Criminal intent protections should extend to mentally ill

David Bordelon

There are approximately 350,000 inmates with a mental illness, yet only around 35,000 mentally ill patients in psychiatric hospitals. Mentally ill inmates account for anywhere from 5–10 percent of death row inmates. Persecuting those with mental illness is reprehensible, especially considering we protect other groups who cannot fully understand their actions. 

In the 2005 court case Roper v. Simmons, the Supreme Court ruled the death penalty unconstitutional for juveniles, stating that scientific and sociological research shows that juveniles lack maturity and a sense of responsibility when compared to adults. This juvenile underdevelopment diminishes their “mens rea,” or criminal intent. Thus, they should not receive such severe punishment. 

Since that case, protections for juveniles have expanded, specifically in regard to life without parole. First, the court eliminated life without parole sentences for all except homicide cases. Then, it eliminated all life without parole sentences. Now, it has ordered retroactive review of previous life without parole sentences to determine their legitimacy.

Considering the psychological research (moral sentiments notwithstanding), these are positive steps forward. Keeping a child in prison for the rest of their life is nonsensical. Psychology professor Jessica Church-Lang discusses the psychological illegitimacy of such punishments.

“Both psychology and neuroscience research are showing us that the person and the brain change,” Church-Lang said. “So no, I’m not convinced you should be judged throughout life for behaviors performed at one age.”

So, the precedent of recognizing that certain persons have incomplete neurodevelopment and thus diminished criminal intent has been established. However, we still prosecute many that may not be able to neurologically control their actions — 56 percent of state prisoners have some sort of mental health problem.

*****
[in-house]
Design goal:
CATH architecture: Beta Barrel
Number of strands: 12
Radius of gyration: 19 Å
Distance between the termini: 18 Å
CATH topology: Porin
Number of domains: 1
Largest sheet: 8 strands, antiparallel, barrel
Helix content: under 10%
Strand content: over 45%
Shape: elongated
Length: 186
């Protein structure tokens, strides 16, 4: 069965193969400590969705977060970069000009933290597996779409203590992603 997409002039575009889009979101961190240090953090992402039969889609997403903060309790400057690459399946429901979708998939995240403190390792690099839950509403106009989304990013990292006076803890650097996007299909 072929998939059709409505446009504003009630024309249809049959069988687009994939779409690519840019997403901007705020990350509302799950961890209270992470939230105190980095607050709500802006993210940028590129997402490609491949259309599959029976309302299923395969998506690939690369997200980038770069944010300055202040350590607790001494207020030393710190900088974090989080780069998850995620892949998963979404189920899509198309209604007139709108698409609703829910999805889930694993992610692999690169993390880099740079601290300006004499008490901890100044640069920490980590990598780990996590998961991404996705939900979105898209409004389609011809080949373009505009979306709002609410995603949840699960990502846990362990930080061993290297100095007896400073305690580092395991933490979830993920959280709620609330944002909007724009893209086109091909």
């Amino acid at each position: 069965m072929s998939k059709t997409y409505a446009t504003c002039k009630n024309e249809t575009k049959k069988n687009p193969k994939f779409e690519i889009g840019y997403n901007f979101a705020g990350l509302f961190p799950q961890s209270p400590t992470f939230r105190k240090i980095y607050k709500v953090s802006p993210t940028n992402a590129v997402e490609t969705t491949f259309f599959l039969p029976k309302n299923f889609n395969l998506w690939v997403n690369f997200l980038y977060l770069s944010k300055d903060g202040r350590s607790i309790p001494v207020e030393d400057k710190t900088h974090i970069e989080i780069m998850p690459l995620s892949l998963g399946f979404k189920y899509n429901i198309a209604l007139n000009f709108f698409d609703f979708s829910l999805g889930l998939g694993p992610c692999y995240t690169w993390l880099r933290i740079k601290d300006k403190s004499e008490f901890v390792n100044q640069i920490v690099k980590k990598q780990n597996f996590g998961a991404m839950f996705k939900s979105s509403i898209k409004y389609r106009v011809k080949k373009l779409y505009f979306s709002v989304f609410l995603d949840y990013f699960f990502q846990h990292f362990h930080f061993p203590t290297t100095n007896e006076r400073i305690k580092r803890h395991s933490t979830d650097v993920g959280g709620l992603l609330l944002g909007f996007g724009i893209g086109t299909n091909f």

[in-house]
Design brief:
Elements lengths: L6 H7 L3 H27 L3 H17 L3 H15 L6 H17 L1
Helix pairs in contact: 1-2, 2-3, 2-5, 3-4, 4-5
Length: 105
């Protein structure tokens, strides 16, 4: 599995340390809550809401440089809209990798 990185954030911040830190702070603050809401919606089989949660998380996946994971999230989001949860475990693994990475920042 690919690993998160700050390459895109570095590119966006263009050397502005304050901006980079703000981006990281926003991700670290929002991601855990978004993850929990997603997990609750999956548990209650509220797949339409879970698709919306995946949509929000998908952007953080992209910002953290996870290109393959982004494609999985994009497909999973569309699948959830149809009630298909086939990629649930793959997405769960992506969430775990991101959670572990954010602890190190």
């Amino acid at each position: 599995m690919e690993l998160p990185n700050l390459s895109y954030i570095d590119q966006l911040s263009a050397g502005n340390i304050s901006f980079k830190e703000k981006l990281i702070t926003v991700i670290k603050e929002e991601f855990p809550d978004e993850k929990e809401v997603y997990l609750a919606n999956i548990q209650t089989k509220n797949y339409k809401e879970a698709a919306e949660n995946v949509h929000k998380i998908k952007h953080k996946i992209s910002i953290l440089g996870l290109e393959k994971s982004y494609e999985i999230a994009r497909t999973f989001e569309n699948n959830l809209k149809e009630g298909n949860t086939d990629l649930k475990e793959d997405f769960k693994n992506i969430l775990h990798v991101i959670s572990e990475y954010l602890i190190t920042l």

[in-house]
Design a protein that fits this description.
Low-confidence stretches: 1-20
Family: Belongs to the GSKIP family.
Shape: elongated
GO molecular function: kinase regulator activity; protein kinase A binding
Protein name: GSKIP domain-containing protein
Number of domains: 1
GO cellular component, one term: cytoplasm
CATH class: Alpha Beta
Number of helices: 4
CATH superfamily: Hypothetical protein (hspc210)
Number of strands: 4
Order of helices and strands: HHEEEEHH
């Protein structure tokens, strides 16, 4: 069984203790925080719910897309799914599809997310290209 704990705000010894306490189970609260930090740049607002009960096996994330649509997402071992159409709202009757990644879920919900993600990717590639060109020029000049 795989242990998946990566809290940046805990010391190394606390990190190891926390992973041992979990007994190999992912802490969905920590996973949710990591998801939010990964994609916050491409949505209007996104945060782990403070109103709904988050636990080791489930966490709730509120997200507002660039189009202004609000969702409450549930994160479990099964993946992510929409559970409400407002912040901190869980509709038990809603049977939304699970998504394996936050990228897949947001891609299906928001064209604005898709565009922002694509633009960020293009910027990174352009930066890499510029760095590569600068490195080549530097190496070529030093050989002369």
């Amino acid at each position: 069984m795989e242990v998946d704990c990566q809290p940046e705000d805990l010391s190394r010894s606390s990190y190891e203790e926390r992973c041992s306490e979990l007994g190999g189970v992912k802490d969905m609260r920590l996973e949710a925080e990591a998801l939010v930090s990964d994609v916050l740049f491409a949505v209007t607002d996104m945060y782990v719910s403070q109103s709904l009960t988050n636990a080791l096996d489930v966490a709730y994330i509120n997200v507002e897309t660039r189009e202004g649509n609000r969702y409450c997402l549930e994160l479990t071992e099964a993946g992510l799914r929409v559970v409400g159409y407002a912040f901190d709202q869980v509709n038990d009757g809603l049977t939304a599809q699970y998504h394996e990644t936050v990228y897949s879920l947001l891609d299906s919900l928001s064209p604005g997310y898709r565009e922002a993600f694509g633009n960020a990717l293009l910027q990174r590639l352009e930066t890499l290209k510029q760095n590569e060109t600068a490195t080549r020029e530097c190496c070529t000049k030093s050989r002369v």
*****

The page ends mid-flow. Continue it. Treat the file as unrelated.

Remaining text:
Sociology professor William Kelly recognizes a problematic trend in these cases. Such individuals may not be completely capable of understanding their actions. If this is true, “mens rea” should provisionally protect them from prosecution.

“Who with a mental health problem might be able or might not be able to form the requisite intent?” Kelly asked. “There’s no movement in the direction of trying to take ‘mens rea’ seriously.”

Juveniles cannot legally have full criminal intent due to their not fully developed brains. Those with neurodevelopmental disorders that inhibit their intentionality lack these protections. We should be protecting these groups in the same way that we now protect juveniles.

Now, I am not advising that we let every criminal who may have such problems run free, but we should reform the system to help them with their problems. We should clinically diagnose and psychiatrically help the mentally ill. We should treat people who need help as people who need help.

But instead of doing these things, we keep 10 times as many mentally ill persons in prison than in hospitals. We execute the mentally ill when they do not fully understand the gravity of their actions. When people are sick, we do not give them help; we give them an orange jumpsuit and a final meal. 

Bordelon is a philosophy sophomore from Houston. Follow him on Twitter @davbord.